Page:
Type of Air Plant – Air plants are becoming increasingly popular, because they are versatile, don’t require soil, and are very easy to care for. Today we’re going to talk about some of the most popular varieties out there. This list of top 10 air plants is a summary of the most purchased air plants and includes some of the hottest trends in this world. Clicking on certain ones will take you to a page where more detailed information about that type is given.
Xerographica Is Type of Air Plant
This slow-growing large type of air plant is a favorite among crowds that grow naturally in Guatemala, Mexico, and El Salvador. This stately & large plant is characterized by its full spherical shape. It can withstand more sun and less water than most air plants. Get to know the Xerographica Ai (xerographica air plant) in our spotlight article: The Great Xerographica Ai
Do Ioanantha Is Type of Air Plant?
One of the most popular air plants for terrarium design, the T. ionantha is a popular choice because it provides ample variation in size and shape. The T. ionantha comes in different varieties including the T. ionantha guatemala, then type of air plant which has a more elegant petal shape with a longer center stem,Tillandsia Ionantha Varieties
For those who need a type of air plant that won’t require too much attention the Tillandsia stricta is a great choice. Since it can grow in all sorts of climates and environments, this type of plant is perfect for beginners. T. stricta is characterized by light green leaves which transform to deep pink flowers. Learn more about T. stricta in our Tillandsia Spotlight: The Stricta Air Plant.
The Tillandsia brachycaulos is one of the most common air plants and readily hybridizes with other varieties. It is found in numerous climates and can thrive in different environments, which makes it great for beginner air plant enthusiasts. Learn more about the Brachycaulos Air Plant.
Aeranthos Is Type of Air Plant
Another beginner-friendly air plant is Tillandsia aeranthos. Originating from Southern Brazil, Uruguay, Parugays, and Argentina, this spectacular plant that type of air plant can grows pretty pink plants that make it easy to produce more plants.Our Tillandsia Spotlight: Aeranthos Air Plant blog post is a great resource for information on this plant.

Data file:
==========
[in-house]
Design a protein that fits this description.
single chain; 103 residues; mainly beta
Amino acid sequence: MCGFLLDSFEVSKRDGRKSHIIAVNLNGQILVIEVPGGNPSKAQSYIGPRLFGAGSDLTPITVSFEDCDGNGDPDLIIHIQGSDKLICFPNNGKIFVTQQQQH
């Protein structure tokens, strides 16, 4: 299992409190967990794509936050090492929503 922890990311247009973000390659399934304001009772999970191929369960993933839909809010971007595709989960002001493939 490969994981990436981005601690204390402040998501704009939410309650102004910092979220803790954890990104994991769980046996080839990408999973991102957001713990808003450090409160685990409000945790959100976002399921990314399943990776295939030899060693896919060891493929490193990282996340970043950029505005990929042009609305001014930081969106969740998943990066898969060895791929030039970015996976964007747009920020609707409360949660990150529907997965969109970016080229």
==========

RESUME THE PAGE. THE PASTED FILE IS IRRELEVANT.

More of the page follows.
Treasured by collectors, T. capitata is a soft-leaved variety that can grow to be quite large over time. This is another plant that has numerous beautiful hybrids and can grow both in trees and on rocks in the wild. Read more about the Tillandsia capitata in our Tillandsia Spotlight Capitata Air Plant blog post.
T. bulbosa are one of the type of air plant with their tentacle-like leaves & bulbous stems. They make quite an impact wherever they end up! The T. bulbosa guatemala is a smaller variety, making it perfect for terrariums. The larger type with dark green leaves is the T. bulbosa belize. Get tips on where these air plants are native to & how to care for them in our Bulbosa Air Plants Blog.
Fuzzy, sea Creature-esque air plants have an extraordinary number of Trichomes which help them survive more sunlight and less water. Their trichomes are so dense that they can handle it better than most other Air Plants. These neat air plants are named after the Greek mythological being Medusa. Look into the T. caput medusae in our Tillandsia Spotlight Caput Medusae Air Plant blog post!
The Tillandsia streptophylla hybrid is a rare air plant that does best in low light. The leaves differ slightly from T. brachycaulos but the olive green color is similar to that of T. streptophylla. As it grows, it becomes larger than either of its parents and has wide curling leaves. Both parent plants in this hybrid are easy to care for, so it’s the perfect plant for beginners and for collectors. Learn more about it by reading our free “Tillandsia Spotlight: Streptophylla Hybrid” blog below.
Tillandsia tectorum Ecuador is one of type of air plant. These rare little plants are native high in the Andes mountains in Ecuador or near coastal deserts in Peru. These air plants thrive in dry climates and absorb moisture from the air with their fuzzy trichomes. See our Tillandsia Spotlight: Tectorum Air Plants blog post for more on these little fuzzballs!